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Amnesty International calls for release of four journalists in Afghanistan

Immigration News

Fidel Rahmati
Fidel Rahmatihttps://www.khaama.com
Fidai Rahmati is the editor and content writer for Khaama Press. You may follow him at Twitter @FidelRahmati

Amnesty International has called for the release of four journalists in Ghazni and Khost provinces, as well as the cancellation of the order to stop the broadcasts of “Noor” and “Barya” TV channels in Afghanistan.

In a statement released on Friday, April 26th, the organization urged the prevention of attacks on media and emphasized that no journalist should be detained for carrying out their duties.

The Afghan Journalists Center reported on Thursday, April 25th, that three journalists in Khost province had been arrested on charges of broadcasting music and making phone calls to women via radio in the province. The organization also highlighted Habibullah Taseer, a reporter for “Radio Azadi” in Ghazni province, and called for their release.

Meanwhile, the Media Violations and Complaints Commission suspended the broadcasts of Noor and Barya TV channels last week for not adhering to journalistic principles and national values.

The organization’s statement states: “The freedom of expression in Afghanistan is complex, and as of August 2023, more than 80% of female journalists have left media outlets.”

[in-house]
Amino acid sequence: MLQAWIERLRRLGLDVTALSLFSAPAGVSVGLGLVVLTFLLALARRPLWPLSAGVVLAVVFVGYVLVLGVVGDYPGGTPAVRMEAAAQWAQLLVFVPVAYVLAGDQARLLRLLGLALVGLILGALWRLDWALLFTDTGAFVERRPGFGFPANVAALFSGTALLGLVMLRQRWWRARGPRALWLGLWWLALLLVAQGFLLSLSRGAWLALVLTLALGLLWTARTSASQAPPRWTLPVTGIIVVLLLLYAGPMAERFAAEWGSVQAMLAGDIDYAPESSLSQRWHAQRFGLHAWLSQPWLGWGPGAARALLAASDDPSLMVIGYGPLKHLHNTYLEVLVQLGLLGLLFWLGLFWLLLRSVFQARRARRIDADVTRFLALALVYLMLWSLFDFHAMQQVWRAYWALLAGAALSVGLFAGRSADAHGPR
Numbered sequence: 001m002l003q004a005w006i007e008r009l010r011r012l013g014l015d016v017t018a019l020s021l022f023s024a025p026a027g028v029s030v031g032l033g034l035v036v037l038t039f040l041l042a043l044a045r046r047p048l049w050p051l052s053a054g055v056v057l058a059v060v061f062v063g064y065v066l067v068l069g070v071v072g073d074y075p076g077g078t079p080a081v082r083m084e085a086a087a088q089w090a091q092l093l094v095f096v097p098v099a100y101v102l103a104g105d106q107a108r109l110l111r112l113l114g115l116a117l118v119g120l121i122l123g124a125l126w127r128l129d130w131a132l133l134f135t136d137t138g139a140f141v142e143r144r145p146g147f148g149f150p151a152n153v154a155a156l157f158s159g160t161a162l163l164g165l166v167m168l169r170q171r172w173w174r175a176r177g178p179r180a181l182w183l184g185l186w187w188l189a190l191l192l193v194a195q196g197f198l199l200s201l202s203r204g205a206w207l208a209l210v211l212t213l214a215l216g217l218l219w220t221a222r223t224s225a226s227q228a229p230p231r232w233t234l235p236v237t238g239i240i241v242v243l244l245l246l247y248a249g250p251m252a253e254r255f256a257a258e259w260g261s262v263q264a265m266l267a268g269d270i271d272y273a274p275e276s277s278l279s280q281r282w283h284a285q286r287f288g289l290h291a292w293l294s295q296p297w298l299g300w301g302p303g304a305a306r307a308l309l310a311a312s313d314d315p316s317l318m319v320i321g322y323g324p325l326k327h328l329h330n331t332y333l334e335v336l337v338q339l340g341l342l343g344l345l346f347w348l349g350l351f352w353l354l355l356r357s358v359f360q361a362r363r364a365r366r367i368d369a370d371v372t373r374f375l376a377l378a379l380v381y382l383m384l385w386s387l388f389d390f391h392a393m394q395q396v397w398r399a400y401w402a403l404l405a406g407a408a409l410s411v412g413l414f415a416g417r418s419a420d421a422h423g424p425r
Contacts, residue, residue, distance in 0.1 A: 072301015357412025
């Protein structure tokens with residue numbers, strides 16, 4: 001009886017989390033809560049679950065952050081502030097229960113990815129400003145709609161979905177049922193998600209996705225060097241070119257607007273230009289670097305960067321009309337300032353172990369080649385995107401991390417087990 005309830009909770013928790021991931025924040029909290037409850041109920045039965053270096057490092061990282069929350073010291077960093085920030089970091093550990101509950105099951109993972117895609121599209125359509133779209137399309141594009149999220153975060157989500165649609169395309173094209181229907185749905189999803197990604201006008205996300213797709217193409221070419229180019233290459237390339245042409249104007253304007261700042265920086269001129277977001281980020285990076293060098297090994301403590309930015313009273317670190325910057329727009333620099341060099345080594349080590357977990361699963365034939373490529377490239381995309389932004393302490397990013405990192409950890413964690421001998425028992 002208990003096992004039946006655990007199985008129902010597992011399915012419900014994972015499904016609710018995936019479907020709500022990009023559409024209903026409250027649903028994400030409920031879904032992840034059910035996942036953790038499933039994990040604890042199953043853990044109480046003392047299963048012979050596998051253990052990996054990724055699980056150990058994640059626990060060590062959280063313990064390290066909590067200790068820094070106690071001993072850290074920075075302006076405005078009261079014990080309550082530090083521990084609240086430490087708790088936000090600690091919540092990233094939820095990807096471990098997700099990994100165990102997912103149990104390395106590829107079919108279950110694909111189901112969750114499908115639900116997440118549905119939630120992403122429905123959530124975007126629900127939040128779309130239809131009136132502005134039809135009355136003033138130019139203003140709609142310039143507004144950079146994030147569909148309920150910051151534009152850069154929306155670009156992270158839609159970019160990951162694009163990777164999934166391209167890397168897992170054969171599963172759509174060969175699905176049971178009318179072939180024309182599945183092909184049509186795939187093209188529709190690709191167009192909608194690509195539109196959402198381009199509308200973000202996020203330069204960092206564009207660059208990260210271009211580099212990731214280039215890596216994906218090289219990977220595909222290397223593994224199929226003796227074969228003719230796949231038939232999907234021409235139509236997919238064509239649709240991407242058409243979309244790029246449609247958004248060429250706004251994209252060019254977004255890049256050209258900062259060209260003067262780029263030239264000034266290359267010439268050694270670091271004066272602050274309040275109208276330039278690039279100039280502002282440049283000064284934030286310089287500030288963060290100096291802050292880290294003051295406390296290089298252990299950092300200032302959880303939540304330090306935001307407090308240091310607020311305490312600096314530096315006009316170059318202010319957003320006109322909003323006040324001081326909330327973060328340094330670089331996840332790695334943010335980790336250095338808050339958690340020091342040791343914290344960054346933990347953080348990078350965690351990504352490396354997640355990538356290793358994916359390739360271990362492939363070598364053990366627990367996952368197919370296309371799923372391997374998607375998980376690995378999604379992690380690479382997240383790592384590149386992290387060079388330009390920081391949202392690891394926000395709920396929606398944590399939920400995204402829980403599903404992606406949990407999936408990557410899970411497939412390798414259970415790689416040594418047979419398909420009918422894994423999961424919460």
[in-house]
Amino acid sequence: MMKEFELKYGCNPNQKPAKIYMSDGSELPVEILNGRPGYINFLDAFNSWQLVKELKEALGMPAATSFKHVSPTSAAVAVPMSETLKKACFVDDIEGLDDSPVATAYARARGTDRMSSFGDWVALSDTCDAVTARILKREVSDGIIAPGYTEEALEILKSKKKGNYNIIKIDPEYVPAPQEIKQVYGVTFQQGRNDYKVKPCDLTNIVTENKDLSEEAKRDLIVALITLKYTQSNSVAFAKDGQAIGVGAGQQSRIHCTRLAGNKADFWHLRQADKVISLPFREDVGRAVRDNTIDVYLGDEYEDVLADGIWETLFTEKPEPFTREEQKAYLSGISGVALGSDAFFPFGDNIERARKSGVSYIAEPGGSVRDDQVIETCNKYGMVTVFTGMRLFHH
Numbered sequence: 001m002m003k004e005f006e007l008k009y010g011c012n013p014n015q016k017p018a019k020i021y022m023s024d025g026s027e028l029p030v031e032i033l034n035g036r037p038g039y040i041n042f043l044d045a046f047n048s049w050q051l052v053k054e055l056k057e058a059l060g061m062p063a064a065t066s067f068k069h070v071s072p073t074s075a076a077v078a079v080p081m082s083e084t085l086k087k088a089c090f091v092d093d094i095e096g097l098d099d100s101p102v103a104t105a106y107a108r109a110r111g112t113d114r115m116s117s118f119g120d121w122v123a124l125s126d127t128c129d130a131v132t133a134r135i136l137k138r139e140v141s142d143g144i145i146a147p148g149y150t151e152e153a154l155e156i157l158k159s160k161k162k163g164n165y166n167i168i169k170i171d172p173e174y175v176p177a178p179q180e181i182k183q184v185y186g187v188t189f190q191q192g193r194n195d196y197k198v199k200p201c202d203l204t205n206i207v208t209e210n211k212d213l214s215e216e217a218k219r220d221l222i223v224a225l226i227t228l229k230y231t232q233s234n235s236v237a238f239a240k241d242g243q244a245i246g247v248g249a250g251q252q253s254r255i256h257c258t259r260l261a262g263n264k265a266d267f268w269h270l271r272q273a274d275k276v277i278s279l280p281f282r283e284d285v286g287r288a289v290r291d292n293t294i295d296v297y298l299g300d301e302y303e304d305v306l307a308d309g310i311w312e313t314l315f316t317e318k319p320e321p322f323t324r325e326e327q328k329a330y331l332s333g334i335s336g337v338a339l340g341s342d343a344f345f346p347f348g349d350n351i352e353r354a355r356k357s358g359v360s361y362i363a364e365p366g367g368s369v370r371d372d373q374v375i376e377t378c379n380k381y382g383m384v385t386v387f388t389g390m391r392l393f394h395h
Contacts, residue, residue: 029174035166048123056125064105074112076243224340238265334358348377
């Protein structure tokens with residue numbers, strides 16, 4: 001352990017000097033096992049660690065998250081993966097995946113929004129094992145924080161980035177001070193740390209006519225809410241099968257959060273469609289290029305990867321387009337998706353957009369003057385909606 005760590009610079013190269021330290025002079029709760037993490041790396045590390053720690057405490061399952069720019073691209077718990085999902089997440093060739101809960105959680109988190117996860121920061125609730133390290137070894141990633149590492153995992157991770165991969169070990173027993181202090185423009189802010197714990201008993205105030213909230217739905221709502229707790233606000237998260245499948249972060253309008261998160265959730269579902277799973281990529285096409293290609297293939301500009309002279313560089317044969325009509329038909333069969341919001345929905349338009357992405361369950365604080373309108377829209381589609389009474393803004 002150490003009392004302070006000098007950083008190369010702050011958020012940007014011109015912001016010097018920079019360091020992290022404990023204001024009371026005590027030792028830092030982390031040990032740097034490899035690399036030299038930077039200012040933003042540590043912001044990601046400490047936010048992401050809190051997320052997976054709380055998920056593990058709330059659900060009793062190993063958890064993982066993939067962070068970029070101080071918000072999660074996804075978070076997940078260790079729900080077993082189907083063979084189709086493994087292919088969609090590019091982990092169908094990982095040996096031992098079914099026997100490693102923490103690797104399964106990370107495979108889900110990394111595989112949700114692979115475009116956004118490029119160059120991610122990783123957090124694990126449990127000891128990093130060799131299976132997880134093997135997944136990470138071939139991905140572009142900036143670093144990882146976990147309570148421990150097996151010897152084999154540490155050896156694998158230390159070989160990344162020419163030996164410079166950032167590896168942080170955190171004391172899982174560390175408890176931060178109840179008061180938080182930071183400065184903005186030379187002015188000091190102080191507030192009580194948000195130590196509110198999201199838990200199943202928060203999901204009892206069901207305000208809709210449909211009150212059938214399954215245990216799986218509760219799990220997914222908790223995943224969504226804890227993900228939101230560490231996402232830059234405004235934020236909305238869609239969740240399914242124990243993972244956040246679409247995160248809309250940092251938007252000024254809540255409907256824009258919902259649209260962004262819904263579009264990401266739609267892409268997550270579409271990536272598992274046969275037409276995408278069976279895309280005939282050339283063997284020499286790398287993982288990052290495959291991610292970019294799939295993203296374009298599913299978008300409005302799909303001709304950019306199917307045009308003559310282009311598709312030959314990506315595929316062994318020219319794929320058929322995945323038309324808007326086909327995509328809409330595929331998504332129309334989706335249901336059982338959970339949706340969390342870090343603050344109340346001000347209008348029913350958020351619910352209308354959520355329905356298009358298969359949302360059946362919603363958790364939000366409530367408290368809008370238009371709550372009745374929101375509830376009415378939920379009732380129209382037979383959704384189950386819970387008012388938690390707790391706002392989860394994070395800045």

Following the regime change in Afghanistan in August 2021, oppressive policies have targeted journalists and media outlets, leading to a significant halt in media operations. According to the NIA report, 50% of media outlets in the country have ceased functioning, exacerbating concerns about media freedom.

The impact of these policies has been particularly severe for journalists, with over 80% of female journalists and 50% of male journalists losing their jobs. Despite widespread criticism, the Taliban has yet to address the issues faced by the media and journalists, further exacerbating concerns about human rights and media freedom in Afghanistan.

The situation remains dire for media freedom and human rights in Afghanistan, with oppressive policies persisting even amid mounting criticism. Despite calls for attention to the plight of journalists and media workers, the Taliban has not taken significant steps to address these concerns, prolonging the challenges faced by the media industry in the country.

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